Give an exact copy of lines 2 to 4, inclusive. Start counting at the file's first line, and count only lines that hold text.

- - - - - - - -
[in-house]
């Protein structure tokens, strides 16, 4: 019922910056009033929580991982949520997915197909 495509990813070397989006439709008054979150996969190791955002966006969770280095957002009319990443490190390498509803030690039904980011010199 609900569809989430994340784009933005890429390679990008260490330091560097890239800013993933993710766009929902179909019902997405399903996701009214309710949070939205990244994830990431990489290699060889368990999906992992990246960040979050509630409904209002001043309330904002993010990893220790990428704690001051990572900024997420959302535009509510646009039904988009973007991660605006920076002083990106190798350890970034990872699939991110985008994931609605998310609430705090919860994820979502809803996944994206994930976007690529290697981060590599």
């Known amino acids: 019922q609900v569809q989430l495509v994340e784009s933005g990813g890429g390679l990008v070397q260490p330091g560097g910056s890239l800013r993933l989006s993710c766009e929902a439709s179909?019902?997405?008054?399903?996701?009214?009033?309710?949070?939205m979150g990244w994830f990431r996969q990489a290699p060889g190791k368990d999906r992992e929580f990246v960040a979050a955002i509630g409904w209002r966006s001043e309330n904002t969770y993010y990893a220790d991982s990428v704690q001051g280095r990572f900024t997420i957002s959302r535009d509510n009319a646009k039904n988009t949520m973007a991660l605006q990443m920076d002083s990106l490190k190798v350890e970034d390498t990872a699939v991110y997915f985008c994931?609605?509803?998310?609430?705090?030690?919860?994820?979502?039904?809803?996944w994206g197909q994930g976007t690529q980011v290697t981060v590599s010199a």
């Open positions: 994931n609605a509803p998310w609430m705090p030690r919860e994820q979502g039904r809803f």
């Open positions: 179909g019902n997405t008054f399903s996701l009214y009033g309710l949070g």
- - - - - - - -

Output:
């Protein structure tokens, strides 16, 4: 019922910056009033929580991982949520997915197909 495509990813070397989006439709008054979150996969190791955002966006969770280095957002009319990443490190390498509803030690039904980011010199 609900569809989430994340784009933005890429390679990008260490330091560097890239800013993933993710766009929902179909019902997405399903996701009214309710949070939205990244994830990431990489290699060889368990999906992992990246960040979050509630409904209002001043309330904002993010990893220790990428704690001051990572900024997420959302535009509510646009039904988009973007991660605006920076002083990106190798350890970034990872699939991110985008994931609605998310609430705090919860994820979502809803996944994206994930976007690529290697981060590599």
């Known amino acids: 019922q609900v569809q989430l495509v994340e784009s933005g990813g890429g390679l990008v070397q260490p330091g560097g910056s890239l800013r993933l989006s993710c766009e929902a439709s179909?019902?997405?008054?399903?996701?009214?009033?309710?949070?939205m979150g990244w994830f990431r996969q990489a290699p060889g190791k368990d999906r992992e929580f990246v960040a979050a955002i509630g409904w209002r966006s001043e309330n904002t969770y993010y990893a220790d991982s990428v704690q001051g280095r990572f900024t997420i957002s959302r535009d509510n009319a646009k039904n988009t949520m973007a991660l605006q990443m920076d002083s990106l490190k190798v350890e970034d390498t990872a699939v991110y997915f985008c994931?609605?509803?998310?609430?705090?030690?919860?994820?979502?039904?809803?996944w994206g197909q994930g976007t690529q980011v290697t981060v590599s010199a």
């Open positions: 994931n609605a509803p998310w609430m705090p030690r919860e994820q979502g039904r809803f």